Mark Waid is one of the biggest names in American superhero comics. He loves the superhero deeply, and has done so for over 50 years. But his most impassioned vision of the superhero is represented best in his work at DC Comics. And while he would depart from the publisher in the late 2000s, only to return just recently in the 2020s, Waid's legacy there is quite revealing, and worth unpacking.
It's a perfect time to look into Waid's legacy at DC given where DC stands right now, with ‘Death Of The Justice League’ throwing back to the 1990’s ‘Death Of Superman,’ Wally West being back as The Flash, the JSA having a new relaunch, and the Superman Family of books drawing upon the ‘90’s ‘Triangle Era.’ The spirit of the ‘90’s is currently strong within the publisher, which is trying to, once more, showcase a legacy generation, led by the likes of Jonathan Kent, Jace Fox, and others, echoing dhow DC tried to move onwards with Wally West, Jack Knight, and Kyle Rayner in the ‘90’s.
It’s a curious thing to witness, as the 90’s legacy generation was eventually sidelined, when the Barry Allens and Hal Jordans of the world once again took center stage in the 2000s. But now the 90’s are hot once again at DC, as the generations that grew up in the 90’s now hold power. And legacy is back in the spotlight. DC is at a curious transitional moment right now, and perhaps that's why Mark Waid is back and big once more at the helm as a DC Architect, just like he was in the ‘90’s.
Waid is, in a lot of ways, an avatar of that 90’s DC Legacy Hero comics. His work is rooted in a particular ethos, which is perhaps best understood by the story he's shared of how he fell in love with superheroes to begin with:
"When I was a kid, Superman quite literally saved my life.
I have always been a devotee. Captivated by superhero comics when I was no more than four years old, they became the foundation of my existence. They always buoyed me in times of trouble, but even they couldn't elevate me when I was hitting high school. I was from a broken home, I was incessantly bullied in school, I wasn't handling any of it well, and the darkness of my depression had me--and I am not exaggerating, forgive me--suicidally depressed that no one gave a damn about me and no one ever would.
And in that mood, on a January afternoon in 1979, I went to see Superman: The Movie, and it changed everything. I sat through it twice, full of a joy I have rarely experienced since. I knew Superman was a fictional character. I knew Christopher Reeve was an actor. But together, alchemically, magically, they communicated something profound to me: Superman cared. He cared about everyone.
When I left that theater, I still wasn't sure what I was supposed to do with the rest of my life, but the one thing I did know was that Superman had to be a part of it."
Waid’s DC work is rooted in the profound, transformative power of inspiration and affirmation offered by an older mentor figure to a young person. The Inspiration and The Inspired is the dichotomy his work is most interested in, with his work deeply taken with navigating the nuances and emotional turmoils of such relationships. And it’s all over the work he has done, particularly at DC.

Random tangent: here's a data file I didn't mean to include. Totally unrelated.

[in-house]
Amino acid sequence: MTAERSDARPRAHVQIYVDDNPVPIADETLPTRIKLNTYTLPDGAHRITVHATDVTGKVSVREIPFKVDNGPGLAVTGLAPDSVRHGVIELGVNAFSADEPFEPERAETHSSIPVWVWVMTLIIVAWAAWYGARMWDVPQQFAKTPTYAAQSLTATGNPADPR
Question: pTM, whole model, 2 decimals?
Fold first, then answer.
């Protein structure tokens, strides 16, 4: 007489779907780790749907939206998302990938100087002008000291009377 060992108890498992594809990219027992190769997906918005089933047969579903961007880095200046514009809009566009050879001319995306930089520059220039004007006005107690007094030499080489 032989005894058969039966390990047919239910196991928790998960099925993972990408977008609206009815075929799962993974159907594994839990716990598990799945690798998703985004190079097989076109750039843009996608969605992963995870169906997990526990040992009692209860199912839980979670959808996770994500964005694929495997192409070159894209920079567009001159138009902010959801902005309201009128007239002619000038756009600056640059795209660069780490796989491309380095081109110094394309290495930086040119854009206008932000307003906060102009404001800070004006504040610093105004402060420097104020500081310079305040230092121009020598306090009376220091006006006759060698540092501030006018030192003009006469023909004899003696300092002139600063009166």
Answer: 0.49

So let's consider Waid’s work and legacy in the DC landscape in light of these relationships and examine Waid's legacy through the framework of certain key figures he’s obsessed over all career-long.
Superman is, of course, central. But so are these two:
Wally West and David Sikela.
The Flash and Magog.
Both characters loop back to the absolute height of Mark Waid’s presence and influence at DC in the 1990’s. Both are artifacts from that period who are now back in vogue and relevant to DC again, much like Waid is. Both speak to the fundamental essence of Waid’s vision.
West and Sikela are expressions of Waid's endless fascination with the tension rooted in the dynamics between generations- the old and the young, the parent and the child. And so much of his work, whether it’s Return Of Barry Allen, or Superman Birthright, is about how people try to reckon with that tension and how they reconcile it.
The ultimate dream Of DC
When Mark Waid first took over The Flash, he inherited an abrasive young man trying desperately to fill the shoes left behind by Barry Allen. Wally West was a generic figure and largely a blank slate with endless possibilities. Waid took that character and gave him specificity.
Waid reworked Wally’s origin with Born To Run, which firmly established the perspective of a young Wally West, who was all alone and had nothing but his love for The Flash. And then he is blessed with the chance to meet his idol, his inspiration, the man whose lightning gives meaning to Wally’s empty life. And then lightning strikes twice, and Wally gets to become just like his hero. He too can be The Flash. And he does, in a bittersweet way, after his hero is no more.
Waid framed Barry as the father figure Wally never had. And by allowing the reader to experience the intimacy and joy of the early years of this beautiful mentor-mentee relationship, Waid heightened its absence. In the void and trauma of that relationship lost, who does Wally grow to be? How does he shape himself and embody his role?
For a whole generation of young readership coming up, Wally West became a new Peter Parker, mourning the death of his uncle, swearing to be the best person he could be as he’d been taught. He was the hero who had grown up, and could be allowed to grow up and change, as opposed to the heroes who had come before.